Neither language nor style can be assigned as a ground for asserting a date later than the 5th century BC as the time of the composition of the book. A much stronger reason against placing the final redaction of the books at so early a time is the mention of a Jaddua among the high priests in Nehemiah 12:11,22, it being assumed that this is the same Jaddua whom Josephus mentions (Ant., XI, viii, 4) as having filled the high-priestly office in the time of Alexander the Great. In view of the fact that Josephus is the only source of information as to the period between 400 and 300 BC, it seems unfair to accept what he says as to the existence of this Jaddua, while rejecting substantially all the rest of the same chapter in Josephus which tells about Sanballat, Manasseh and Alexander’s meeting with Jaddua. Inasmuch as the Sachau papyri, written in the 17th year of Darius Nothus, that is, in 410-408 BC, mention the sons of Sanballat the governor of Samaria, the Sanballat who was their father must have lived about 450 BC. The same papyrus mentions Jehohanan (Johnnan of Nehemiah 12:22) as the high priest of the temple at Jerusalem, and Bagohi (Bagoas) was the Persian governor of Jerusalem in 410-408 BC. Since, according to Nehemiah 13:6, Nehemiah was governor in 434-433 BC, the 32nd year of Artaxerxes, Bagoas would be perhaps his immediate successor. If we are to put any confidence in the story of Josephus, then there must have been at least two Sanballats, and probably two Jadduas, and at two different times a son of a high priest must have married a daughter of a Sanballat. While this is not impossible, it seems better to suppose that Josephus has confused matters beyond any possibility of disentanglement, and we might be justified in throwing over entirely his account of a Sanballat, a Manasseh, and a Jaddua as living in the year 330 BC, when Alexander conquered Syria. As far, of course, as the Jaddua of Nehemiah 12:11,22 is concerned, he may well have been high priest as early as 406 BC, and have continued to serve till 330 BC. On the other hand, another of the same name, probably a grandson, may, for all we know to the contrary, have been high priest in 330 BC. ….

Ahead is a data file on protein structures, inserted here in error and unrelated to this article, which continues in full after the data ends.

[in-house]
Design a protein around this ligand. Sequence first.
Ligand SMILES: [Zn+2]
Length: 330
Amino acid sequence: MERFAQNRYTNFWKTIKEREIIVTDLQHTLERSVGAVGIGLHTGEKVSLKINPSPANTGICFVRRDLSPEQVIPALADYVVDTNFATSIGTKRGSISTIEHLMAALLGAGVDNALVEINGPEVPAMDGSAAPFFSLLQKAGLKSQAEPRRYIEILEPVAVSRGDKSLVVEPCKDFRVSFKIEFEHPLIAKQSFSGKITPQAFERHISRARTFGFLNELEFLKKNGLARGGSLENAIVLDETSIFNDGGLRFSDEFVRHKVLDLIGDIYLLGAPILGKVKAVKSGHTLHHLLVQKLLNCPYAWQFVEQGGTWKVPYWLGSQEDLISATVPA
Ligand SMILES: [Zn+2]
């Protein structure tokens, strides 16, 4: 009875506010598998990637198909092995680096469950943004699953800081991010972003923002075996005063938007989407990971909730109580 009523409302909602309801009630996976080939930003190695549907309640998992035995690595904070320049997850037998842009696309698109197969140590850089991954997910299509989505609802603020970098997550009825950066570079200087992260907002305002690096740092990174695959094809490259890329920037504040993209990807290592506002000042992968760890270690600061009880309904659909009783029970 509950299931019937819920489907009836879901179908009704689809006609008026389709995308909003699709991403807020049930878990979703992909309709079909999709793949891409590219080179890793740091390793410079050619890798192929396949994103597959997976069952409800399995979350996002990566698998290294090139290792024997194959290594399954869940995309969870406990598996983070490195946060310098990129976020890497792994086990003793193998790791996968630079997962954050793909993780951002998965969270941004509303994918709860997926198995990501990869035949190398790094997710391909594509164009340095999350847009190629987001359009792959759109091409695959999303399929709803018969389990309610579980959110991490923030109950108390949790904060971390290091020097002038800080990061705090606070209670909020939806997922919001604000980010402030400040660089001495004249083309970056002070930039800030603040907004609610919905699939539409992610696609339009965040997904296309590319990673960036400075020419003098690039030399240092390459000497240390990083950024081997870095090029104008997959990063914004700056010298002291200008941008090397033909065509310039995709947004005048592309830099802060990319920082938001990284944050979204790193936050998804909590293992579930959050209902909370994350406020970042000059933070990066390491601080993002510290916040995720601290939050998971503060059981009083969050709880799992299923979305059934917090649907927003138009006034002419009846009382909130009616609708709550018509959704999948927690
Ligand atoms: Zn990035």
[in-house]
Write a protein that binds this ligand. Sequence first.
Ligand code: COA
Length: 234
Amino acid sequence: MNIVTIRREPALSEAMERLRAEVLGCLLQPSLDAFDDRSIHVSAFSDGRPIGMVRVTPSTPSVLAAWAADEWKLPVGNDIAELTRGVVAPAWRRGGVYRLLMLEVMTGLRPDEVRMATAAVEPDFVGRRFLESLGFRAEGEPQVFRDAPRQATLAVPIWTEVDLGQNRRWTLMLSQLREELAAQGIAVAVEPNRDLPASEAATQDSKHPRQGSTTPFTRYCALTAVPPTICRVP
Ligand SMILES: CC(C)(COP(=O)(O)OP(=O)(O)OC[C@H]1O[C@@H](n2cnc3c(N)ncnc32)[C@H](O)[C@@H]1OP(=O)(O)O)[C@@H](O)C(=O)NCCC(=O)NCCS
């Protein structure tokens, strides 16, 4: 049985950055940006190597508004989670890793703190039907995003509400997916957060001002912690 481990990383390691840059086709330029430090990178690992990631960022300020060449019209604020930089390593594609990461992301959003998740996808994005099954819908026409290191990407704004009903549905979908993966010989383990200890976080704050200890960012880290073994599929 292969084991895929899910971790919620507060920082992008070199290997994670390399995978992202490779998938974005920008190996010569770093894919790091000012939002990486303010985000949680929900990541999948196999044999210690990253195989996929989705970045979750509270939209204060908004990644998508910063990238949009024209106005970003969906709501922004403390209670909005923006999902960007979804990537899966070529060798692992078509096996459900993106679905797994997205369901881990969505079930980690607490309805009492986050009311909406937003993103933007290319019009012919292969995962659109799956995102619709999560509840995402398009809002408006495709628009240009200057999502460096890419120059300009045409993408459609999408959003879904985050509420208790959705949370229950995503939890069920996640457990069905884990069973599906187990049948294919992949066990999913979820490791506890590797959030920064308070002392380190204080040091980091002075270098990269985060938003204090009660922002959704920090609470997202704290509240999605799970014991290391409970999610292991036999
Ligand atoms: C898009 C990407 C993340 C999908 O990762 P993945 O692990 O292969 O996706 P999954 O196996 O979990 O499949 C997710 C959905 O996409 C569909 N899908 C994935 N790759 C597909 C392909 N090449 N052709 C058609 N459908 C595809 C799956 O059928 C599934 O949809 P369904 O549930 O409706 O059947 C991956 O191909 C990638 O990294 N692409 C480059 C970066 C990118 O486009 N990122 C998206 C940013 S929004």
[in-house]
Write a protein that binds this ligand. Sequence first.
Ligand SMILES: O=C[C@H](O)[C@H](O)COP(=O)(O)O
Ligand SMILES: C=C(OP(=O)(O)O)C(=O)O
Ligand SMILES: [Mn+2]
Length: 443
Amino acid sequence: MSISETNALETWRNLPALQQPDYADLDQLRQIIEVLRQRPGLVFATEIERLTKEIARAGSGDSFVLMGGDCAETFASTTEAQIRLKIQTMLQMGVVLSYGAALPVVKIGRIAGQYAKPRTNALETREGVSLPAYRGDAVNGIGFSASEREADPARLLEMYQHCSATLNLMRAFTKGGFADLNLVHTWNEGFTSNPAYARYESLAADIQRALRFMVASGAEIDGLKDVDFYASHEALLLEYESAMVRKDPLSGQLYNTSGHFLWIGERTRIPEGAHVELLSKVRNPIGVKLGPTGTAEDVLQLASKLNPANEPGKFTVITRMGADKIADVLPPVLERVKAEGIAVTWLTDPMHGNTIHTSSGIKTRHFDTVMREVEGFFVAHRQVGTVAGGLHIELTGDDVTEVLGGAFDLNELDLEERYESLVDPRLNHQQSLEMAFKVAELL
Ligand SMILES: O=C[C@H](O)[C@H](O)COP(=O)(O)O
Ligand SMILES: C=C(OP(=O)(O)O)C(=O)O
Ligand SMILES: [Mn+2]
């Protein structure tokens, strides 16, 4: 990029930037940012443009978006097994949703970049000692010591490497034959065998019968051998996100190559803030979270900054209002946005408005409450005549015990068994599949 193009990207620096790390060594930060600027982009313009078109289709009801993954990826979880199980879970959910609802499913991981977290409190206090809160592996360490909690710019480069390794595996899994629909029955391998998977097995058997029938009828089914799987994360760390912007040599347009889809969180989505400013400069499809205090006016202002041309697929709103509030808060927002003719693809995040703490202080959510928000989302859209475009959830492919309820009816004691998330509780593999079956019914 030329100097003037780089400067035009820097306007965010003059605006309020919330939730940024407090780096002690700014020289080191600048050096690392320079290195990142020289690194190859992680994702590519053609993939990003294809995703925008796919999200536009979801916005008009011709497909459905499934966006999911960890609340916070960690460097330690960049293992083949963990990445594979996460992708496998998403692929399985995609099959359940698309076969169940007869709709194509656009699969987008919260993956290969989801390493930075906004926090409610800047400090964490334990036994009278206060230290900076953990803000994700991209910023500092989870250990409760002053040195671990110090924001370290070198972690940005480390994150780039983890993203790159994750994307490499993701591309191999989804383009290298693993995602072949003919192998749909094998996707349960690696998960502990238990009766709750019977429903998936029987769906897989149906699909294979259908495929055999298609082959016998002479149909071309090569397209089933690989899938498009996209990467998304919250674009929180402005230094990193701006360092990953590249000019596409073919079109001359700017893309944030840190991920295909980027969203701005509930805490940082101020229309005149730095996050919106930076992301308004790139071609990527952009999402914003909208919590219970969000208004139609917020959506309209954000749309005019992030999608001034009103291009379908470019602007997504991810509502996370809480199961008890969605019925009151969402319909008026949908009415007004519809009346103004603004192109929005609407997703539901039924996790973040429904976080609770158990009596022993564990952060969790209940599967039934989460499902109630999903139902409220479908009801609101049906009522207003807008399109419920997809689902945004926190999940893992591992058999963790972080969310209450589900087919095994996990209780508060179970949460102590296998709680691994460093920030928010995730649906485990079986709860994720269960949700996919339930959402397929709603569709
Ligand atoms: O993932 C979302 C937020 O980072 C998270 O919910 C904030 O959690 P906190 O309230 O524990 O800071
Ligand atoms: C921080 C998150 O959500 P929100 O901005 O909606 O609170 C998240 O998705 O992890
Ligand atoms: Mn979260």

[End of quote]

Such painful duplicating ceases to be necessary within my revision, according to which the Medo-Persian kingdom is to be greatly streamlined, enabling for Nehemiah himself to become a bridge between it and the Hellenistic period inaugurated by Alexander the Great.

Ezra 4’s Cyrus, Ahasuerus, Artaxerxes, and Darius


Damien F. Mackey

Here continues the task of revising ancient Persian history, with an anticipated severe reduction in the number of kings that one will find listed in the text books.

Part One: A Revised Overview


Ezra 4:4-6 is thought to give the overall range of Persian history to be covered in this chapter, from Cyrus down to Darius: